Diesel _tends_ to be around 25% more efficient for the same power output,
given allowances for gearing and such like. They _tend_ to go around 25%
further from a given volume of fuel. There are exceptions to every rule of
For a given power output, *with optimised gearing,* performance is
Diesel dislikers criticised turbodiesels for having a narrow power band.
You might have a power band of say 2,000 rpm to 4,500 rpm. Petrol engine
haters dislike the way you often need to see 4,000 rpm on the tacho to get
into the proper power band. 4,000 rpm to maybe 7,000 rpm isn't much wider
than the diesel power band... again subject to the vagaries of engine
design and gearing (cue a bunch of arguments that some petrol engines have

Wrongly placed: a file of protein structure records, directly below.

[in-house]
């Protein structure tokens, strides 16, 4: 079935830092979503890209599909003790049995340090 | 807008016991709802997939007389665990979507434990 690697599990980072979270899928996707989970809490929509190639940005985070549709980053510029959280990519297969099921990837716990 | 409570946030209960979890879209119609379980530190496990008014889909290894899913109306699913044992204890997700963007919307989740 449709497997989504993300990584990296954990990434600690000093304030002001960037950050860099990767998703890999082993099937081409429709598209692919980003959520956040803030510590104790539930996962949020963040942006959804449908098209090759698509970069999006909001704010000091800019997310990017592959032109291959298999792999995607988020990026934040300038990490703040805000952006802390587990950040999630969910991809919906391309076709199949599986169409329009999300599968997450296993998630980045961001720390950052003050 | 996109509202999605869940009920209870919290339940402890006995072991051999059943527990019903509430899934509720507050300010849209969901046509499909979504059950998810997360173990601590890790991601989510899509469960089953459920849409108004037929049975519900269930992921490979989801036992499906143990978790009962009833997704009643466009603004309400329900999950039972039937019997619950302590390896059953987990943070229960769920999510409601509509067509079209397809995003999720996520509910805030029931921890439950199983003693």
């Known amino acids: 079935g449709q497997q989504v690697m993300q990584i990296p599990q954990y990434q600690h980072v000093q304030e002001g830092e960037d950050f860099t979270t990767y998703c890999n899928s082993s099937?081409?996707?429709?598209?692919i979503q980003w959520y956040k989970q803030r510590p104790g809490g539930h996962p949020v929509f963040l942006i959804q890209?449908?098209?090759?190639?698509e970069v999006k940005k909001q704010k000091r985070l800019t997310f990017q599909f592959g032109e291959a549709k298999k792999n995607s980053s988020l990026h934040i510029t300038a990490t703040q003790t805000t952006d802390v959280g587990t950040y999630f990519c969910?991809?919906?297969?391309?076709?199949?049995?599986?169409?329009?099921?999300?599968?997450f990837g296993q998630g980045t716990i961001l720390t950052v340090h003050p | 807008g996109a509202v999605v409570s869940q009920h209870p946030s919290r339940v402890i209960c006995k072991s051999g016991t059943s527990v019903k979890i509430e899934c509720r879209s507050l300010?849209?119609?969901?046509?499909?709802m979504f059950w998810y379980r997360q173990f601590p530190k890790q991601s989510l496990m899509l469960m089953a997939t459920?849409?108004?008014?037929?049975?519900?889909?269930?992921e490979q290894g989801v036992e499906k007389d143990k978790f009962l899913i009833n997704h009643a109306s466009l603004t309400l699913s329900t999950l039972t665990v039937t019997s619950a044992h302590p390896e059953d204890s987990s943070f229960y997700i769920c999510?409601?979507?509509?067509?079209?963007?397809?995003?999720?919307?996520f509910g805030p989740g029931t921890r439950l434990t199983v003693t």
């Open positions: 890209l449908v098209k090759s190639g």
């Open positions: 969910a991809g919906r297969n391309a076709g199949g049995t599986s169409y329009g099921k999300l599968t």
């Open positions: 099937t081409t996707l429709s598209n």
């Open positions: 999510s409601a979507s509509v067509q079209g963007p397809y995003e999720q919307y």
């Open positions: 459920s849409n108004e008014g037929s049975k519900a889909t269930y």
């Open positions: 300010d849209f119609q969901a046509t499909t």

much broader power bands).
The above arguments may be negated by optimised gearing. As it happens,
many modern turbodiesels are sitting in their (limited it may be) power band
at a motorway cruise in top gear. Relatively few petrol cars are. That
might make the turbodiesel quicker in top but not quicker full stop. Here's
where the driver (or transmission) but change down...
Drive an automatic diesel with a set up transmission back to back with a
same power output automatic petrol with an equally set up transmission, both
with the same power, both will have comparable performance. Except one will
sound whiny and drink funky smelling stuff, whereas the other, hmm nice
rumble and lovely sticky derv to wipe on your shoes... hmm... diesel...
Sorry. Got a bit off topic there. :-)
Most diesels these days are turbocharged, thus produce on paper more torque
than their petrol peers, but the relevance to on road performance is tied in
with the above. More torque at the donk, taller gearing, reduced impact at
Diesel engines tend to be heavier than their petrol counterparts, power for
power, thanks to more use of cast iron blocks.